Old Taylor Distillery Returns…

Old Taylor Distillery is coming back to us!

The Old Taylor Distillery was built in 1877 by Colonel Edmund Haynes Taylor, Jr. as his own “personal castle” distillery. The place is practically a medieval fortress!

E.H.Taylor not only had plenty of experience in owning and operating distilleries by this time, but he also had toured many European distilleries, as well, and applied that knowledge to Old Taylor’s construction. He was now using rollers instead of mill stones to get more consistent mash. He was using copper mashtuns and made his own barrels -even experimenting with smaller barrels! This was the first distillery to build ricks in warehouses seperating the barrels from one another and allowing the barrels to “breathe”. (instead of stacking them in a heap) Though this is now the industry standard, the idea was a breakthrough for whiskey maturation at the time.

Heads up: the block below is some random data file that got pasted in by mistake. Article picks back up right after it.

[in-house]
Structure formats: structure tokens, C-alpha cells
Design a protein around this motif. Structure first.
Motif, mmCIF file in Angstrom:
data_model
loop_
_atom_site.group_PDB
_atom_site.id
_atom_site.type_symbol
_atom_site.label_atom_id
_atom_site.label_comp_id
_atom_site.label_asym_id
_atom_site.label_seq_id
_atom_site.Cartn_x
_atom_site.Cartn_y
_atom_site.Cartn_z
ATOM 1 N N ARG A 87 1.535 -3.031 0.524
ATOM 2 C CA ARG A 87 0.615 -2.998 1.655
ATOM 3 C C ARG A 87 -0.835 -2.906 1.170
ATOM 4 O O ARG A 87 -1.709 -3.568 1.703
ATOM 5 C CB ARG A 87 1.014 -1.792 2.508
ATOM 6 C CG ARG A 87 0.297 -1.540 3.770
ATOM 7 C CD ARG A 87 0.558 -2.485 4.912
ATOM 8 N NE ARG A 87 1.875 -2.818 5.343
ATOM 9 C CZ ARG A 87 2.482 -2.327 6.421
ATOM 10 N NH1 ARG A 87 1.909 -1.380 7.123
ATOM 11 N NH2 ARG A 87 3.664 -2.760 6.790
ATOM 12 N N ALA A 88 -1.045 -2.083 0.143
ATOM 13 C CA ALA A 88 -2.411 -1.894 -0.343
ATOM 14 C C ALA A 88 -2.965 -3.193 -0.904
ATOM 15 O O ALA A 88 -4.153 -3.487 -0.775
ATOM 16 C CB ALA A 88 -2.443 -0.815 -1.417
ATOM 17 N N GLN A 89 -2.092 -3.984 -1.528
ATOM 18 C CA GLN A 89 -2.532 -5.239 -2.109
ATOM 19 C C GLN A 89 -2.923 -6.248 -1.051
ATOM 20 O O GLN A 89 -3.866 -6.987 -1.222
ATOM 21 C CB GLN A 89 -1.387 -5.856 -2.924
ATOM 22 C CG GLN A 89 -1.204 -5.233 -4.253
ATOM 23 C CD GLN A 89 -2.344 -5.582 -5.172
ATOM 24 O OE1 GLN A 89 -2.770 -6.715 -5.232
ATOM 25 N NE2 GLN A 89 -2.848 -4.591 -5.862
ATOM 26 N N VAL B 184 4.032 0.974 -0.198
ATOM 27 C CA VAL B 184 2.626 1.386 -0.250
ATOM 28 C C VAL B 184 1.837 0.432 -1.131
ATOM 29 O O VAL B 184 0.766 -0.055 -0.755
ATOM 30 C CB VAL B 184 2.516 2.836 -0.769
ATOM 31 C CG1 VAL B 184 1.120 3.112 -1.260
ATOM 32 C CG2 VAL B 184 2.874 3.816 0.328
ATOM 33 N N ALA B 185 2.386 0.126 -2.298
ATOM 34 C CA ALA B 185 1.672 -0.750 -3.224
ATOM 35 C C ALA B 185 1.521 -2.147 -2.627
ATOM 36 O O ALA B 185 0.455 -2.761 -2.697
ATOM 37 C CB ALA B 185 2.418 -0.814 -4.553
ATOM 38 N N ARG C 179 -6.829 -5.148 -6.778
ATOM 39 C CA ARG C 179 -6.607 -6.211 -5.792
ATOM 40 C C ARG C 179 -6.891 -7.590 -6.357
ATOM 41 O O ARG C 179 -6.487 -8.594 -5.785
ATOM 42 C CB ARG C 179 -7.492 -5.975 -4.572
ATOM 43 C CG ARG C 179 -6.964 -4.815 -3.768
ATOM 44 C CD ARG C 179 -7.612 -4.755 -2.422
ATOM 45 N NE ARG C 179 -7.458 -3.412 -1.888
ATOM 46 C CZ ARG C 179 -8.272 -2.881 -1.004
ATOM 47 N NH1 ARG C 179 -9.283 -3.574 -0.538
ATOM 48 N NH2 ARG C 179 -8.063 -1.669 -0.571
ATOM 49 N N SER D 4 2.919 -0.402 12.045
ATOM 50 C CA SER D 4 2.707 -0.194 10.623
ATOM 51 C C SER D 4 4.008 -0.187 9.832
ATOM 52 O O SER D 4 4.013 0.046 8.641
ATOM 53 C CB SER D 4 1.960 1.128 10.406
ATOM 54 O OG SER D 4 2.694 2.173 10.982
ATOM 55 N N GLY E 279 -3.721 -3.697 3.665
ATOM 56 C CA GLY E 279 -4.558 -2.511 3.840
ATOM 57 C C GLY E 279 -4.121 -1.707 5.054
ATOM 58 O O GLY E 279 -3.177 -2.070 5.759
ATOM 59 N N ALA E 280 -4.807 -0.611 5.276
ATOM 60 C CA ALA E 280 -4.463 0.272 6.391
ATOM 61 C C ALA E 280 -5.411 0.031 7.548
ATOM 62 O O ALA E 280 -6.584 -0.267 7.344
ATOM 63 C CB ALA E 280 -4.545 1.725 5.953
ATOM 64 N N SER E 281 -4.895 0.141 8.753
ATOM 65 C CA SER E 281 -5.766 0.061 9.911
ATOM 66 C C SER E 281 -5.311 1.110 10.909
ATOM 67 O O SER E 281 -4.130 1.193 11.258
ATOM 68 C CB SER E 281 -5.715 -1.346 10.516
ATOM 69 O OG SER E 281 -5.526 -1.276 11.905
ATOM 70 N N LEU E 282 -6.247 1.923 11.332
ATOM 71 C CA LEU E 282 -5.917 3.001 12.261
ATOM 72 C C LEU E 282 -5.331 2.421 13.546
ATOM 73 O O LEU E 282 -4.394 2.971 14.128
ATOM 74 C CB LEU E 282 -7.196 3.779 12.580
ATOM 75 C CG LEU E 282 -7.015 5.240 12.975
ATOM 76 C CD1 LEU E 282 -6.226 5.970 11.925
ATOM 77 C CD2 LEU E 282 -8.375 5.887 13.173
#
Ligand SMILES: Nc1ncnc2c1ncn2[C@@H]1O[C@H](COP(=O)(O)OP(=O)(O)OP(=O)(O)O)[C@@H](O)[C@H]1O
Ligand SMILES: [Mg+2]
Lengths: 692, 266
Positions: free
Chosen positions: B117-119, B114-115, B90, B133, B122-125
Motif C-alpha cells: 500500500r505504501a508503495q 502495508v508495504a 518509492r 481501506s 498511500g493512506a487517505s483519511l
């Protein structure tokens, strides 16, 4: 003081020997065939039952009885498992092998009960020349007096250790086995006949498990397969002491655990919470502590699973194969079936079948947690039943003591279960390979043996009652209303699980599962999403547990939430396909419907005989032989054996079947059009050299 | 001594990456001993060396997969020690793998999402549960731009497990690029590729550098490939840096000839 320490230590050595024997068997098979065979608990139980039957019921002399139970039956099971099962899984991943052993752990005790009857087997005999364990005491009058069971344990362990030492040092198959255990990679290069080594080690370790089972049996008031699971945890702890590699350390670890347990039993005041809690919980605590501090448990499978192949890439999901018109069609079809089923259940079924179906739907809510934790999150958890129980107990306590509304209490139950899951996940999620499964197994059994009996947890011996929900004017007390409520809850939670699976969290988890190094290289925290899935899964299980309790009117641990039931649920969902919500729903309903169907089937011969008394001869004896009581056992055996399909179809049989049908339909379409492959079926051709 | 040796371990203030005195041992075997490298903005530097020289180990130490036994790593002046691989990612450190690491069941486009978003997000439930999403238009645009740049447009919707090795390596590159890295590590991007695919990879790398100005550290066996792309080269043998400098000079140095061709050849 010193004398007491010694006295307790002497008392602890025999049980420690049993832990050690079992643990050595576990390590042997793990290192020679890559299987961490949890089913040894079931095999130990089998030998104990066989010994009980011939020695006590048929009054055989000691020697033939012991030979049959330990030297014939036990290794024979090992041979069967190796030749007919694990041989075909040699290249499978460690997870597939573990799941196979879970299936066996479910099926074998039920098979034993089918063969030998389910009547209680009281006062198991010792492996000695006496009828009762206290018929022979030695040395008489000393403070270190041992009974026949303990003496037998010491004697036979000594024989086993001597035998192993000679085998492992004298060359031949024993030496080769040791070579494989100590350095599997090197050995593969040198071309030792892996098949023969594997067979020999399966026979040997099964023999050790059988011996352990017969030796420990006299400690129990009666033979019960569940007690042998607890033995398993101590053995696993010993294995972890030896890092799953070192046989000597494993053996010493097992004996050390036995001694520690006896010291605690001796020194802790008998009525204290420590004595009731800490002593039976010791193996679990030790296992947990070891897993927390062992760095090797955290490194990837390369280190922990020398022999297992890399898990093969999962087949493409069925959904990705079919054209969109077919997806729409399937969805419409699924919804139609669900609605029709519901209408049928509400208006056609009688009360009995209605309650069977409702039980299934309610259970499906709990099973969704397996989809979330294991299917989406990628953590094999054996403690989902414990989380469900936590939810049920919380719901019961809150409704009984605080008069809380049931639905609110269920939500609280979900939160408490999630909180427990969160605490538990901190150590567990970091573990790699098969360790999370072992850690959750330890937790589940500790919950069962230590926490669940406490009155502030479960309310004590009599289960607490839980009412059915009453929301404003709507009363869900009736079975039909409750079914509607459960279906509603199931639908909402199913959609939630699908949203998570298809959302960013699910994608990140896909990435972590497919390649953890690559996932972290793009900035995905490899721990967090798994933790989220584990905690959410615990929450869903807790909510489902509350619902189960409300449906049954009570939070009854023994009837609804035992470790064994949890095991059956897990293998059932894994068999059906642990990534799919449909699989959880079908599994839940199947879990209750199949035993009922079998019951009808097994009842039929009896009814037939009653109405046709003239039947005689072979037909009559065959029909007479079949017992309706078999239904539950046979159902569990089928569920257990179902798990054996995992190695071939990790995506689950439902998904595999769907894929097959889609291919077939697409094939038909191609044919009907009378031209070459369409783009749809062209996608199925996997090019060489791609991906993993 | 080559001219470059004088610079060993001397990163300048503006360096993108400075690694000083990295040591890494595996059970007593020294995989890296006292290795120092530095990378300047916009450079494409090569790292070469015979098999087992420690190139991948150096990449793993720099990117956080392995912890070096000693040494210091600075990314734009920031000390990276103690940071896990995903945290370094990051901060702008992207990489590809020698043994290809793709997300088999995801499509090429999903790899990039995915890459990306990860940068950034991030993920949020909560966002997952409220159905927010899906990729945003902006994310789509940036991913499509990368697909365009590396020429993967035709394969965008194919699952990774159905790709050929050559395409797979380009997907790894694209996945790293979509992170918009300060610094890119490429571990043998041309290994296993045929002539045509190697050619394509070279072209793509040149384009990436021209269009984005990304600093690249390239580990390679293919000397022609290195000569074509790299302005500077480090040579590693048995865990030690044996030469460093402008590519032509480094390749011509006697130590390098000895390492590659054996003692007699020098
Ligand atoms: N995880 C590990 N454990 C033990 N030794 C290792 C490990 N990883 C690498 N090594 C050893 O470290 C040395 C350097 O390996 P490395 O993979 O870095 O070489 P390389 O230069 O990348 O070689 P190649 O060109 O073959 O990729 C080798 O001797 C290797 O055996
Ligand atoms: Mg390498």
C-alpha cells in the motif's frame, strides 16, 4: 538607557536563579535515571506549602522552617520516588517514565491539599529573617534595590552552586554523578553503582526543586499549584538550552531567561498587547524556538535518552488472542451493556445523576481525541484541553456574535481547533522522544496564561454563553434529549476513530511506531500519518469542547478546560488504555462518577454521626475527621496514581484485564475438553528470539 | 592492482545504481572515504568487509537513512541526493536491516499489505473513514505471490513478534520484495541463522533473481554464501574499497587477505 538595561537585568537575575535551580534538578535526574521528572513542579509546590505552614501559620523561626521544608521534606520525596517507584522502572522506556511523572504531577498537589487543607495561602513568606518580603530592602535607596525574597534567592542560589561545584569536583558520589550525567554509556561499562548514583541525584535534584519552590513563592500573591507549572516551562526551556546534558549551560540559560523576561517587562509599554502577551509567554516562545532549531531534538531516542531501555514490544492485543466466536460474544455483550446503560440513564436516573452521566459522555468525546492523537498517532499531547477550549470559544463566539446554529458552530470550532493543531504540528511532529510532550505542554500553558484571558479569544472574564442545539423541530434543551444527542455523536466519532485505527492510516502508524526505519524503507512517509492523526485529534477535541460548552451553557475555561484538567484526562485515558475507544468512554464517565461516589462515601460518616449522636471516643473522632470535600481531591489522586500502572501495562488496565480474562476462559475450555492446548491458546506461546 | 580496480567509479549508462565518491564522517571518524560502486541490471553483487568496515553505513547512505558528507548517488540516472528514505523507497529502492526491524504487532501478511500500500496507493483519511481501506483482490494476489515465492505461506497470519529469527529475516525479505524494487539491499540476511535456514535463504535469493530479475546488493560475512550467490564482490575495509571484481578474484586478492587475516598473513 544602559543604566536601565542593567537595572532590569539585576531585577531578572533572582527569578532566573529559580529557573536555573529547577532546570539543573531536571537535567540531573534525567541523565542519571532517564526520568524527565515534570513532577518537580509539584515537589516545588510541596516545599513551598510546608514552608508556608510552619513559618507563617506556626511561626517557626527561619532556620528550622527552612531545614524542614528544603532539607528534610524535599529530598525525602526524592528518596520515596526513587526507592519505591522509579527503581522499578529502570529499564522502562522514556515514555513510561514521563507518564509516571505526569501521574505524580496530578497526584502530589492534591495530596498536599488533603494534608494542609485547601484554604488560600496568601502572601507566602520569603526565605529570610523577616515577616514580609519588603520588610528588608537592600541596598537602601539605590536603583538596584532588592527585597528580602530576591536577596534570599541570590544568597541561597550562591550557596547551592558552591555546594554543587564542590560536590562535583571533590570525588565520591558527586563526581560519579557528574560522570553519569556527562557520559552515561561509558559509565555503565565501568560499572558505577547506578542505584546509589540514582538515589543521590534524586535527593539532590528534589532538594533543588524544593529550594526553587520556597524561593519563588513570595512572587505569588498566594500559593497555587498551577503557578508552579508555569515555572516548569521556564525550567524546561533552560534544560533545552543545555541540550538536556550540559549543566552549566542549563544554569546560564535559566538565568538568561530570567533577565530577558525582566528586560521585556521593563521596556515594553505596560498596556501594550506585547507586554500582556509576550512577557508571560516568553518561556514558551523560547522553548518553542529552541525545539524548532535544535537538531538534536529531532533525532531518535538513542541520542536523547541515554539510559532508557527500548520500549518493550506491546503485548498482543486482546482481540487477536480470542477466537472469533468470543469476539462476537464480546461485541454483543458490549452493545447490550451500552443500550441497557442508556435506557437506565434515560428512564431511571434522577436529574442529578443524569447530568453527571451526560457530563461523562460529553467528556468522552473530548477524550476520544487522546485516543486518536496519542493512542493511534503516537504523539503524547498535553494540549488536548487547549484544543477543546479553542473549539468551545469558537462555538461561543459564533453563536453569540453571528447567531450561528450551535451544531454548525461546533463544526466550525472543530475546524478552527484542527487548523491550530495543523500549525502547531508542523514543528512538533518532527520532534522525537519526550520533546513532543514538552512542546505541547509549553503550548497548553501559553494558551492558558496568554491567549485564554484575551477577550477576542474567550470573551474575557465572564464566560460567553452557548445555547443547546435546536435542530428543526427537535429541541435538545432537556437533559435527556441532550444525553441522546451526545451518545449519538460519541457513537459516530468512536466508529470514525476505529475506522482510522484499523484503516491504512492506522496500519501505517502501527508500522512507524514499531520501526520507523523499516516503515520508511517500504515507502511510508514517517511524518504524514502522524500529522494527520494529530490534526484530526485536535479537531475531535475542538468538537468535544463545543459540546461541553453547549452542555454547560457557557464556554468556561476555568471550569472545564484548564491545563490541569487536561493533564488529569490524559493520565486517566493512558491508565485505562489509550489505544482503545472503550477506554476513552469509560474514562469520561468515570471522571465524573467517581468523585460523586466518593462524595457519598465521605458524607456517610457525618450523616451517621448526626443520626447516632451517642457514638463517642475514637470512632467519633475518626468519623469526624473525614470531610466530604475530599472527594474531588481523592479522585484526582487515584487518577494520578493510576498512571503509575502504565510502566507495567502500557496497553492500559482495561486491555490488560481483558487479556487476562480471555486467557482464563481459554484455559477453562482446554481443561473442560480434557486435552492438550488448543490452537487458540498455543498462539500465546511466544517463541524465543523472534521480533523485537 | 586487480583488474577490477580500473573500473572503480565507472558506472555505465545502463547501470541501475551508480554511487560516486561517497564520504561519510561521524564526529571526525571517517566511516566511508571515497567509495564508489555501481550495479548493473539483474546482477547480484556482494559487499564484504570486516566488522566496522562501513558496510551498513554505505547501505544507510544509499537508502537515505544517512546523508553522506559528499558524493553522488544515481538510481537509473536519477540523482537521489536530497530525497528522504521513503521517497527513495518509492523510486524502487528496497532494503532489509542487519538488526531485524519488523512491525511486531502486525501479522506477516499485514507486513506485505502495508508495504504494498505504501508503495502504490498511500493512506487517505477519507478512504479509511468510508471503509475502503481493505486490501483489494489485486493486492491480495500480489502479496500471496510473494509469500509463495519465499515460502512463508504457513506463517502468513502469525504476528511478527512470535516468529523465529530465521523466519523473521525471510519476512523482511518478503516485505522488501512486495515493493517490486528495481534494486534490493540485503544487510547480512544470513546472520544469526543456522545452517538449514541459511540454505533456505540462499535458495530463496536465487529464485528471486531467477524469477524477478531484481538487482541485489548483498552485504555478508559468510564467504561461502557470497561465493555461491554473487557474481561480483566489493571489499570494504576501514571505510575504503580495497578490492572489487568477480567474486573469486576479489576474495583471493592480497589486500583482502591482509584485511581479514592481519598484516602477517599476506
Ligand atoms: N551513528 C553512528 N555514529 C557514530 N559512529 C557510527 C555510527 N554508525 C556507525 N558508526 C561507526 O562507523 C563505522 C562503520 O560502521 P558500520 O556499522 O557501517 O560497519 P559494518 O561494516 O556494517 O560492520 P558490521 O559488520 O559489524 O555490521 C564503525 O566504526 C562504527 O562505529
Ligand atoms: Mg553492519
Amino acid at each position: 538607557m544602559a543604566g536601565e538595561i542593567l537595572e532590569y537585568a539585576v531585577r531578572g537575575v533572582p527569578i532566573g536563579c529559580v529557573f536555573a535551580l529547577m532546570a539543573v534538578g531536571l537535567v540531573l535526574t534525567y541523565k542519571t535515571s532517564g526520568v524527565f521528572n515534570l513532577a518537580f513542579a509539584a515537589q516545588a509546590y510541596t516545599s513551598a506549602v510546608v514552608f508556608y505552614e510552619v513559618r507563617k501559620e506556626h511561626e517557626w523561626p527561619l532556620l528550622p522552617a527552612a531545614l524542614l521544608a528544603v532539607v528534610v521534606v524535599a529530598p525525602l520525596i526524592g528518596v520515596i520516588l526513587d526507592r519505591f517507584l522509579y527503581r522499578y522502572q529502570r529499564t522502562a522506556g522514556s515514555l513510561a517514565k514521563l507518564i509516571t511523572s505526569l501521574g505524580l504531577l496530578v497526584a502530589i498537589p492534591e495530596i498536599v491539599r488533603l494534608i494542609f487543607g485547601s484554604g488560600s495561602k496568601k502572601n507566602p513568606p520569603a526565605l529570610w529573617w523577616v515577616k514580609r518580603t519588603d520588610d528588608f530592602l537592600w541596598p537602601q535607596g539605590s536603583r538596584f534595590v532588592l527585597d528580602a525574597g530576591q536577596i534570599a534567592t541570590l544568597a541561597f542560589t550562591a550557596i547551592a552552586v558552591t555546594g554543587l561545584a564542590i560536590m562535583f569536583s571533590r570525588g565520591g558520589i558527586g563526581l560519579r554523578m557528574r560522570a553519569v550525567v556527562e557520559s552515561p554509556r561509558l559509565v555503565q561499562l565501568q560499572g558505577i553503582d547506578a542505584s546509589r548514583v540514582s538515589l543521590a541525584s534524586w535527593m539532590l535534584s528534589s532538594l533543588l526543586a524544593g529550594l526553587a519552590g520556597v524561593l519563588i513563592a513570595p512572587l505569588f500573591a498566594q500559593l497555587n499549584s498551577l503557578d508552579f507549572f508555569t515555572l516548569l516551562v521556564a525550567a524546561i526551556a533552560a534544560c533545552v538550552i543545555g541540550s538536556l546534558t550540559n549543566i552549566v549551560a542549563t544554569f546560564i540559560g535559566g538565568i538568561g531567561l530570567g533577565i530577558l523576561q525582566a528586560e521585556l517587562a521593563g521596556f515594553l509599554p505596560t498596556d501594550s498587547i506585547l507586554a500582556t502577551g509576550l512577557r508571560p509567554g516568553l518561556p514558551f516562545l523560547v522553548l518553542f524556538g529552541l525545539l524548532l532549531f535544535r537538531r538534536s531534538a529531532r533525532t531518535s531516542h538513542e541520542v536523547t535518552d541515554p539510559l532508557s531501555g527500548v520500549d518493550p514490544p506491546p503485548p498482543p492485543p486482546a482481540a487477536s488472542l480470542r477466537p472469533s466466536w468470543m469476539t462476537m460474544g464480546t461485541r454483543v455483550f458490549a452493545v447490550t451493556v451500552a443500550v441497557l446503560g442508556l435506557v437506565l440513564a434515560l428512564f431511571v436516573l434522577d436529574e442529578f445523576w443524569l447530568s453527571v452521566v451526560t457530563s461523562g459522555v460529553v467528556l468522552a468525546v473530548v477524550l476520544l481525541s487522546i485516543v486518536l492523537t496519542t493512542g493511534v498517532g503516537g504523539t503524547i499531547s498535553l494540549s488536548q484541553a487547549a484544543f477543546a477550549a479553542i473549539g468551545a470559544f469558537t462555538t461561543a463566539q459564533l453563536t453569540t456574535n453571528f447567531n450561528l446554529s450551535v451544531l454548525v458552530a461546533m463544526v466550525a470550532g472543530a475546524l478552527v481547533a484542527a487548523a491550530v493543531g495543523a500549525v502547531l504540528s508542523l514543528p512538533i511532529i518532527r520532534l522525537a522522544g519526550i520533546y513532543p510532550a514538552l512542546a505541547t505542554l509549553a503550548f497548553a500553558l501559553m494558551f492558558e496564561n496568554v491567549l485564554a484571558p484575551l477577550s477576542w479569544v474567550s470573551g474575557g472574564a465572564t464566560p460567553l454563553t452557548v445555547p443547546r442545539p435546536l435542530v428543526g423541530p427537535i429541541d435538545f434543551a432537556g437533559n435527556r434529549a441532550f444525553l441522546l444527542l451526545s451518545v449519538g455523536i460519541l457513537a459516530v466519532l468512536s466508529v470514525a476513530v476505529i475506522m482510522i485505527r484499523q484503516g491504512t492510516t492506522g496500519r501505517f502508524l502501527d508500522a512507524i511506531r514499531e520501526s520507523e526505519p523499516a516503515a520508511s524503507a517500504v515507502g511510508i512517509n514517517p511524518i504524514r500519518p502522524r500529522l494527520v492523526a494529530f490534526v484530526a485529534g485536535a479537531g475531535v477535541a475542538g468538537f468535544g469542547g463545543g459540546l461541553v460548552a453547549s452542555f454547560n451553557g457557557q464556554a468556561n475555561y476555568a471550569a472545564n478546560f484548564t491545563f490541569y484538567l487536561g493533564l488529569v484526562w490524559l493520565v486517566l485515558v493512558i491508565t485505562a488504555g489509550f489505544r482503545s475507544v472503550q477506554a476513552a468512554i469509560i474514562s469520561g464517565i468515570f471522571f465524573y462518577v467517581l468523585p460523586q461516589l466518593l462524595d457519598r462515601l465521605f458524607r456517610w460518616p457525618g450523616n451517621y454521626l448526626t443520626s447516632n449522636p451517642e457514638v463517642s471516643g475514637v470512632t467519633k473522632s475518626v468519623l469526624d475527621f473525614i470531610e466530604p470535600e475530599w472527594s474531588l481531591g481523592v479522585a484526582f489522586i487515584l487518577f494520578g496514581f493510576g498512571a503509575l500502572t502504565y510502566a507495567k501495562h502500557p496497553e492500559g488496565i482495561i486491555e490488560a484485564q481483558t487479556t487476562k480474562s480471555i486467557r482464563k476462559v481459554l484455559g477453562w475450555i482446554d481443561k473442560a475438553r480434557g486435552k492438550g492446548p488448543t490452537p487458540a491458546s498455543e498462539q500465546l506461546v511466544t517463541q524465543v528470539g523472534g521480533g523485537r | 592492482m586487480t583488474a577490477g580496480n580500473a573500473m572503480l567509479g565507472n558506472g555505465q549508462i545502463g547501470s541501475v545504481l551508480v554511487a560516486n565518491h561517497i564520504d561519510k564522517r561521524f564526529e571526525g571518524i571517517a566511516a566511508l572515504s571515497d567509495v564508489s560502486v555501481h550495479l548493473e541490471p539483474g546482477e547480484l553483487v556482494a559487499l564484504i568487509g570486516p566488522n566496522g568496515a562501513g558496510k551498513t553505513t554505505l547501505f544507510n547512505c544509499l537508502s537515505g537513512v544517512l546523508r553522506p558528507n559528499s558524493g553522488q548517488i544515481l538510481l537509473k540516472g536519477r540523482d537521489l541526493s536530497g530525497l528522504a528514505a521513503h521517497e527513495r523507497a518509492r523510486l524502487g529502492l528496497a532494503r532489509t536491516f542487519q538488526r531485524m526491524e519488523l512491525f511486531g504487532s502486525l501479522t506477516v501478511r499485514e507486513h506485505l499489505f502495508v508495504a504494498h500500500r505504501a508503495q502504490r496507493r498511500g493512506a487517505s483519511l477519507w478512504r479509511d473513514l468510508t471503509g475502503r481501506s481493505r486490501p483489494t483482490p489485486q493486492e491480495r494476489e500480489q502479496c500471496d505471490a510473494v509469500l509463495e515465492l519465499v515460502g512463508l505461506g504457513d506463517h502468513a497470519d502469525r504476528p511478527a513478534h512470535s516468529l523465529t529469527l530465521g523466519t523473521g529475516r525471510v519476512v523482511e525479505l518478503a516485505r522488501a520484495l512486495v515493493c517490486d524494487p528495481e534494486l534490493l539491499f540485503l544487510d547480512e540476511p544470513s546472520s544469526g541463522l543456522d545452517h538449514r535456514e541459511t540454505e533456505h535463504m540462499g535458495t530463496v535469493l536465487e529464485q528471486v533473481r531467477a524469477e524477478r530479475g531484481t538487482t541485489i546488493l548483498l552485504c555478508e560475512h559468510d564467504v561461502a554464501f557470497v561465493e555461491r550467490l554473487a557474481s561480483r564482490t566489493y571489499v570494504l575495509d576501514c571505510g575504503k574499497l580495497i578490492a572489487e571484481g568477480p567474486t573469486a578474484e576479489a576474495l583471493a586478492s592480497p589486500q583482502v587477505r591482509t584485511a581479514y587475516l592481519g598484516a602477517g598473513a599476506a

The castle was built out of limestone (very whiskey appropriate) and had battlements, ionic columns and a vast gardens complex. It was designed to captivate its visitors. The springhouse was designed to look like a Roman bath! The visitors could stroll through gardens and gaze at reflecting pools all while sipping a FREE 10th pint of Old Taylor. For his annual Kentucky Derby party, he would actually hire a train to bring his guests directly there. Sounds spectacular doesn’t it? This distillery, which was once the jewel of the American whiskey world, has been sitting under weeds and debris for decades now.

Here we are, in 2015, longing for the long awaited reopening of the distillery (April 2016). They cannot call their product Old Taylor, of course, as that brand belongs to Buffalo Trace. I always felt bad about that fact, though. E.H.Taylor fought long and hard in the courts against George T. Stagg to retain the rights to his own name (before strict copyright laws were laid down)
and now his bottles are being sold by the George T. Stagg distillery! E.H.Taylor passed away in 1922 during the throws of Prohibition. During his life, he brought us the Bottled in Bond Act of 1897. He helped to pass the Food and Drug Act, promoted innovation in whiskey production, and passed laws that helped American whiskey maintain its integrity. This forefather of bourbon deserves our respect and admiration. It’s about time that his beautiful showpiece of the Industrial Revolution can be visited and appreciated again.


Designers spent hours studying vintage photos of Kentucky’s Old Taylor Distillery to get the restoration just right